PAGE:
Additionally, for those Basic and Business Edition customers who receive their bill from Google, we’ll send an email with details specific to their domains no later than February 28, 2019. Any customer that licenses G Suite through a reseller should hear from their partners directly regarding the new pricing, or they can reach out to their partners proactively.

We are grateful for the many businesses that use G Suite to empower their teams to work collaboratively, and we remain committed to expanding its functionality to help our customers succeed. Feel free to reference this edition guide to learn more about each offering.

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Grow your app business internationally through localization on Google Play

Posted by Chris Yang, Program Manager, Translation Service

It is not uncommon for developers to have the following concerns and thoughts when considering whether to localize their apps: "I just don't have the time!" "Translation is too expensive." "High-quality translation is just hard to find.'' Does this sound familiar?

At Google, we consider translation a key component of making the world's information universally accessible and useful. This commitment extends not only to localizing our own products, but also to providing tools to help developers and translators more easily localize their apps.

Introducing the Google Play App Translation Service

Available in the Google Play Console, the Google Play App Translation Service simplifies localization of your app user interface strings, store listing, in-app product names, and universal apps campaign ads. Thousands of developers have already used this service to reach hundreds of millions of users worldwide.

Here is an overview of some of the ways it can help:

1. Quick and easy - Order in minutes and receive your translation in as little as two days.

  • Small translation orders can be completed in only two days. All orders are completed in eight days or less.
  • Apply translations directly in the Play Console or download to build with your app.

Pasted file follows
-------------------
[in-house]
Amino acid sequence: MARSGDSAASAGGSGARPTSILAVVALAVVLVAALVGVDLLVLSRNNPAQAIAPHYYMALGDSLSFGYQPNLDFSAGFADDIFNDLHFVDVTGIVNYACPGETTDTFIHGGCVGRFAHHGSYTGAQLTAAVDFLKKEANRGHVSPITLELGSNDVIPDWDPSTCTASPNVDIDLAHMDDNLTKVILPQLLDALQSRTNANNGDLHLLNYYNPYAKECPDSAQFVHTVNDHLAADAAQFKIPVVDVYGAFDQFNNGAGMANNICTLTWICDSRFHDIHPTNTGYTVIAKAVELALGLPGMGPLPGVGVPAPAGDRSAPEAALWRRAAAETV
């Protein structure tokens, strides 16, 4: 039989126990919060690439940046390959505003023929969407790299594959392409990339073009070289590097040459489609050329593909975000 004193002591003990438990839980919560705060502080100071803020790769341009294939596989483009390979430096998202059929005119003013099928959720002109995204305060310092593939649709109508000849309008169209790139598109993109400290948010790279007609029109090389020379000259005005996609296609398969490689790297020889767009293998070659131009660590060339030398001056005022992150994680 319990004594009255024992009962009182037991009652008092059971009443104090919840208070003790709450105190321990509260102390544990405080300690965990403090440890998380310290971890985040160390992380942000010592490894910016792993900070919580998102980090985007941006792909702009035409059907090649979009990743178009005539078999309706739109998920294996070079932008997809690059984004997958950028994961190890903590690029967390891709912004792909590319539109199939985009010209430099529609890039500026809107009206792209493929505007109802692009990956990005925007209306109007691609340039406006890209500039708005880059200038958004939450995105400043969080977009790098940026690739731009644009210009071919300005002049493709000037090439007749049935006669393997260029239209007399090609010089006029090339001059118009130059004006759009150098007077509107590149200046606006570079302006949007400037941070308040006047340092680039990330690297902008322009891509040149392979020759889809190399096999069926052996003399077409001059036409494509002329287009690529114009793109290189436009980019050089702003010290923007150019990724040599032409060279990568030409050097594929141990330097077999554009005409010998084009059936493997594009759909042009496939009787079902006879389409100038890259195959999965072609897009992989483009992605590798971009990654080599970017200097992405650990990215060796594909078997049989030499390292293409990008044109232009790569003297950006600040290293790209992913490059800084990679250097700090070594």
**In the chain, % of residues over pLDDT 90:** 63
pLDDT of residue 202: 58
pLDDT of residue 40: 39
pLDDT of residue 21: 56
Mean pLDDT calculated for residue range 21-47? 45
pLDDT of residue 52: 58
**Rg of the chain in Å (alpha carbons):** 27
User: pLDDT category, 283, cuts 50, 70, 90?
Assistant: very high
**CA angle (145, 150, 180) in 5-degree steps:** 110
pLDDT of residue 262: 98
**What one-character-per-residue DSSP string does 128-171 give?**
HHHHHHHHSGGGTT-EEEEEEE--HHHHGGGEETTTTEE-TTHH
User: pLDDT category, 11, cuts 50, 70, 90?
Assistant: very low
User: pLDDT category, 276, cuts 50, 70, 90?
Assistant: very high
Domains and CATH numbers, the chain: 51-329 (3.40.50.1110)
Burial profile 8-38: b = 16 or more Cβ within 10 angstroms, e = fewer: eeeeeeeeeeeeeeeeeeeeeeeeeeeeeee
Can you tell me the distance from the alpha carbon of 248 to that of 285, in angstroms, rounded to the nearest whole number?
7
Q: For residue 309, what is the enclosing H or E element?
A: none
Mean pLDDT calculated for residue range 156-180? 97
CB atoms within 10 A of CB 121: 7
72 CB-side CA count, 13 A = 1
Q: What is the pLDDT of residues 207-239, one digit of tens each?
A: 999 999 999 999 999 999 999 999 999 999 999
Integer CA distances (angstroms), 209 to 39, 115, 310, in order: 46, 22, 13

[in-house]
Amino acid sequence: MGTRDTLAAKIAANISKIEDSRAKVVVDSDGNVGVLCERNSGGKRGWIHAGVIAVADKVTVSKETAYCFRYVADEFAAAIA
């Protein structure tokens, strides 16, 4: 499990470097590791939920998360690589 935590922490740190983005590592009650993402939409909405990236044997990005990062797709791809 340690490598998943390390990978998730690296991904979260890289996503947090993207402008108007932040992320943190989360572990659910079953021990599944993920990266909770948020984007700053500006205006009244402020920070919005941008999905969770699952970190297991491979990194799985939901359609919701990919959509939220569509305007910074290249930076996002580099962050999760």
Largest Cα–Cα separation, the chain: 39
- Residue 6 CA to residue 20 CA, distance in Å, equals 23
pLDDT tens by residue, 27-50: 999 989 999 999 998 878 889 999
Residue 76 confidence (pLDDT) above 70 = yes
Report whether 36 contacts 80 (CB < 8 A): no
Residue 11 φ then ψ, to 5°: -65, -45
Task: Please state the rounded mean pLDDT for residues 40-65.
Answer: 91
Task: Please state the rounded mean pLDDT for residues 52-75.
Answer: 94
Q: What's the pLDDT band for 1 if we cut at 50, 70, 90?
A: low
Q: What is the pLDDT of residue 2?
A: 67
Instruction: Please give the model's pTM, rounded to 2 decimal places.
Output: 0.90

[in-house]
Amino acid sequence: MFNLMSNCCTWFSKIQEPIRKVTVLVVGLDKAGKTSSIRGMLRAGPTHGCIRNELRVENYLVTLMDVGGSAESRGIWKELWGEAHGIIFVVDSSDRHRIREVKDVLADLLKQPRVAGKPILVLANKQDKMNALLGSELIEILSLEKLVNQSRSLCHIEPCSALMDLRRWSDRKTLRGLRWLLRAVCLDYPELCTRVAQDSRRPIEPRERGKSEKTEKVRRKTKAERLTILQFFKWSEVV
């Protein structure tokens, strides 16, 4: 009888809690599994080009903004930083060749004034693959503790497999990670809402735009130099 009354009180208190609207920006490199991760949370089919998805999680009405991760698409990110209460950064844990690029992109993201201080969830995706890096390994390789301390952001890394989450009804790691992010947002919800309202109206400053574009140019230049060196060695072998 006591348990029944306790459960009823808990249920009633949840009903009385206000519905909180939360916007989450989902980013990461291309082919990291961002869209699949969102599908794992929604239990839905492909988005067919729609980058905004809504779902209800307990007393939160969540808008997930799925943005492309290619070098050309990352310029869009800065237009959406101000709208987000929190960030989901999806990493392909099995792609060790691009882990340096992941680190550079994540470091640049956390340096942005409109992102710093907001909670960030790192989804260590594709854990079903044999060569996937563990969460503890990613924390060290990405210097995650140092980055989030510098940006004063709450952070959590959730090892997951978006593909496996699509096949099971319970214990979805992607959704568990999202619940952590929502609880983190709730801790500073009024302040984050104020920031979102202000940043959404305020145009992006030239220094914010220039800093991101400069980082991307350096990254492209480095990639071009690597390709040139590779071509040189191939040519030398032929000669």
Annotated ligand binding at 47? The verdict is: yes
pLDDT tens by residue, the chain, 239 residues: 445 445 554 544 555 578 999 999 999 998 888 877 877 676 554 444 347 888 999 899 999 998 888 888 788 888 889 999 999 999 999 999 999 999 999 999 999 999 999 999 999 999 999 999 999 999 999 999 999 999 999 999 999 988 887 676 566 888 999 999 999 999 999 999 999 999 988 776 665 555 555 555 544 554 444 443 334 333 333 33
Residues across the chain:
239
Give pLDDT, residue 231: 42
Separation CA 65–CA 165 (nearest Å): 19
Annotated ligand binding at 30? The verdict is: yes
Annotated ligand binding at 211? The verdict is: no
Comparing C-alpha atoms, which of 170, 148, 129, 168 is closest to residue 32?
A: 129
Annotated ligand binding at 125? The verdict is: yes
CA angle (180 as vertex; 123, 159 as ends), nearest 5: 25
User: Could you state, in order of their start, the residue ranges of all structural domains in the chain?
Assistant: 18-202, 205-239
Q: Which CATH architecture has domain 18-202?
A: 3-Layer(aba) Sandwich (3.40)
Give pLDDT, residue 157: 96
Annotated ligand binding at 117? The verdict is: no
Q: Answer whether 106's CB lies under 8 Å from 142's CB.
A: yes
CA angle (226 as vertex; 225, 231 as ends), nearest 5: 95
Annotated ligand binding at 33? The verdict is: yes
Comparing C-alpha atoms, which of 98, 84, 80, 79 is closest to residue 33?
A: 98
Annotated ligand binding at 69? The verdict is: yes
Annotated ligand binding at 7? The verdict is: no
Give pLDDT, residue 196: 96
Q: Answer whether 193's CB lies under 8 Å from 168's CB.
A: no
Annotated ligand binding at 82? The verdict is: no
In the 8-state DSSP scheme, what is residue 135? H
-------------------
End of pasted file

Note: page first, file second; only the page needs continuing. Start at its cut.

2. Professional and human - Get high-quality translations by real human translators.

  • All translations are carefully crafted by professional translators just for you.
  • Translation providers are selected by Google based on quality and speed.

3. Value for money - Translate your app for as little as $0.07 per word.

  • Pricing is upfront and simple. You only pay per word for each language you translate.
  • For example, translating 200 words into one language at $0.07 per word would cost only $14.

Ordering a Translation

Find the Translation Service in the Google Play Console:

When you're ready to translate, just select the languages to use for translation, choose a vendor, and place your order.

Select languages to translate into.

Choose what type of content you want to translate.

Easily complete purchase of the service.

Language recommendations

You can also expand your global footprint with translation recommendations that can help increase installs. The recommendations can be found in the Google Play Console.

The language recommendation feature is developed using machine learning and is based on your app's install history and market data.

Did you know that you can reach almost 80% of internet users worldwide with only 10 languages. In particular, the Google Play opportunity in Russia and the Middle East continues to grow. Let us know once you have localized for these markets so we can consider featuring your app or game in the Now in Russian and Now in Arabic collections on the Play Store.

Launching the translation

Once you download the translation, you'll be ready to publish your newly translated app update on Google Play.

Get started with the App Translation Service today and let us know what you think!

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Beta Channel Update for Desktop

The beta channel has been updated to 72.0.3626.64 for Windows, Mac, and, Linux.


A full list of changes in this build is available in the log. Interested in switching release channels?  Find out how here. If you find a new issue, please let us know by filing a bug. The community help forum is also a great place to reach out for help or learn about common issues.



Abdul Syed
Google Chrome

Get more shut-eye in 2019 with help from Google

After a long day, it should be easy to hit the hay at night. But far too often, just as you’re about to drift off, you decide to check why your phone just buzzed...and you’re back to square one.

According to the National Sleep Foundation, most adults should aim to get between seven and nine hours of sleep every night. Many of us, including yours truly, usually don’t get there.

If you want a fresh start in the new year, here are some tech tips and healthy habits that will help you catch more zzzzs (and get better at counting sheep) in 2019.